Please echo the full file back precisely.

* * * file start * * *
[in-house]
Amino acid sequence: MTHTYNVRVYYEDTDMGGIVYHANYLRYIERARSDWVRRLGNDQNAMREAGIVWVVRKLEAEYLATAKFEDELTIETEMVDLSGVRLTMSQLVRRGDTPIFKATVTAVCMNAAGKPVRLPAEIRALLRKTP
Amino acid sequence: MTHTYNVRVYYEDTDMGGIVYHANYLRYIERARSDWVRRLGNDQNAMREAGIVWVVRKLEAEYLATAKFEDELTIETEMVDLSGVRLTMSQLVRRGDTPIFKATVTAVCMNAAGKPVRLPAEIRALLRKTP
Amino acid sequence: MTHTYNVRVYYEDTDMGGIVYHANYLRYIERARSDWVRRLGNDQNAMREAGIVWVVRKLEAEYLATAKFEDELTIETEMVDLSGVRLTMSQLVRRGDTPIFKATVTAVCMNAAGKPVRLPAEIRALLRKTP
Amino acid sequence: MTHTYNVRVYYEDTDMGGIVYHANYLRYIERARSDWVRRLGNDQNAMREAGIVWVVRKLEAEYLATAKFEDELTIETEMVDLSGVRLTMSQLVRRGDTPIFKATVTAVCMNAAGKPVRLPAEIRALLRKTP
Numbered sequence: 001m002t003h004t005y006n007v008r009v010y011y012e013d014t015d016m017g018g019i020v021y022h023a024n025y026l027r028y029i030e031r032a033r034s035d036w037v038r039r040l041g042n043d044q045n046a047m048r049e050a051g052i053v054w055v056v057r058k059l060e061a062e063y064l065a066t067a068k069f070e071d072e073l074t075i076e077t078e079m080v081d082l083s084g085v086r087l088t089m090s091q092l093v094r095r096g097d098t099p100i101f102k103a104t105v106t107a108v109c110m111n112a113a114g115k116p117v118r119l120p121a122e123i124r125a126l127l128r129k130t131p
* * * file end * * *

[in-house]
Amino acid sequence: MTHTYNVRVYYEDTDMGGIVYHANYLRYIERARSDWVRRLGNDQNAMREAGIVWVVRKLEAEYLATAKFEDELTIETEMVDLSGVRLTMSQLVRRGDTPIFKATVTAVCMNAAGKPVRLPAEIRALLRKTP
Amino acid sequence: MTHTYNVRVYYEDTDMGGIVYHANYLRYIERARSDWVRRLGNDQNAMREAGIVWVVRKLEAEYLATAKFEDELTIETEMVDLSGVRLTMSQLVRRGDTPIFKATVTAVCMNAAGKPVRLPAEIRALLRKTP
Amino acid sequence: MTHTYNVRVYYEDTDMGGIVYHANYLRYIERARSDWVRRLGNDQNAMREAGIVWVVRKLEAEYLATAKFEDELTIETEMVDLSGVRLTMSQLVRRGDTPIFKATVTAVCMNAAGKPVRLPAEIRALLRKTP
Amino acid sequence: MTHTYNVRVYYEDTDMGGIVYHANYLRYIERARSDWVRRLGNDQNAMREAGIVWVVRKLEAEYLATAKFEDELTIETEMVDLSGVRLTMSQLVRRGDTPIFKATVTAVCMNAAGKPVRLPAEIRALLRKTP
Numbered sequence: 001m002t003h004t005y006n007v008r009v010y011y012e013d014t015d016m017g018g019i020v021y022h023a024n025y026l027r028y029i030e031r032a033r034s035d036w037v038r039r040l041g042n043d044q045n046a047m048r049e050a051g052i053v054w055v056v057r058k059l060e061a062e063y064l065a066t067a068k069f070e071d072e073l074t075i076e077t078e079m080v081d082l083s084g085v086r087l088t089m090s091q092l093v094r095r096g097d098t099p100i101f102k103a104t105v106t107a108v109c110m111n112a113a114g115k116p117v118r119l120p121a122e123i124r125a126l127l128r129k130t131p